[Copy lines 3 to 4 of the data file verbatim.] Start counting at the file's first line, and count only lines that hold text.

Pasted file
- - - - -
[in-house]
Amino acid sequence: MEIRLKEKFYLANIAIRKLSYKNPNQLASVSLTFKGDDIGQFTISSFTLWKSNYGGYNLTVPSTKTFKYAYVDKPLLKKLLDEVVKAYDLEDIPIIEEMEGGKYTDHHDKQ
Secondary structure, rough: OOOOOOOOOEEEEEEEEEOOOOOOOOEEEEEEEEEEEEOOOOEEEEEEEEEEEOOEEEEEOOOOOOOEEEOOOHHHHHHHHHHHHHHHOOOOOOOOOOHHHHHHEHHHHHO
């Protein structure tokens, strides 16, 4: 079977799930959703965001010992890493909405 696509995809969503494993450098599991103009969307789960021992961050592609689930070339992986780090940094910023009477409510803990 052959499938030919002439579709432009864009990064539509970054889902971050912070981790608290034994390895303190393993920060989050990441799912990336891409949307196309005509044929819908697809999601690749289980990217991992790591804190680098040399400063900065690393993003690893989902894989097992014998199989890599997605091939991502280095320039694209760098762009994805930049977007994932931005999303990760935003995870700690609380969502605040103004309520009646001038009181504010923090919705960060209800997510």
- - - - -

Secondary structure, rough: OOOOOOOOOEEEEEEEEEOOOOOOOOEEEEEEEEEEEEOOOOEEEEEEEEEEEOOEEEEEOOOOOOOEEEOOOHHHHHHHHHHHHHHHOOOOOOOOOOHHHHHHEHHHHHO
């Protein structure tokens, strides 16, 4: 079977799930959703965001010992890493909405 696509995809969503494993450098599991103009969307789960021992961050592609689930070339992986780090940094910023009477409510803990 052959499938030919002439579709432009864009990064539509970054889902971050912070981790608290034994390895303190393993920060989050990441799912990336891409949307196309005509044929819908697809999601690749289980990217991992790591804190680098040399400063900065690393993003690893989902894989097992014998199989890599997605091939991502280095320039694209760098762009994805930049977007994932931005999303990760935003995870700690609380969502605040103004309520009646001038009181504010923090919705960060209800997510």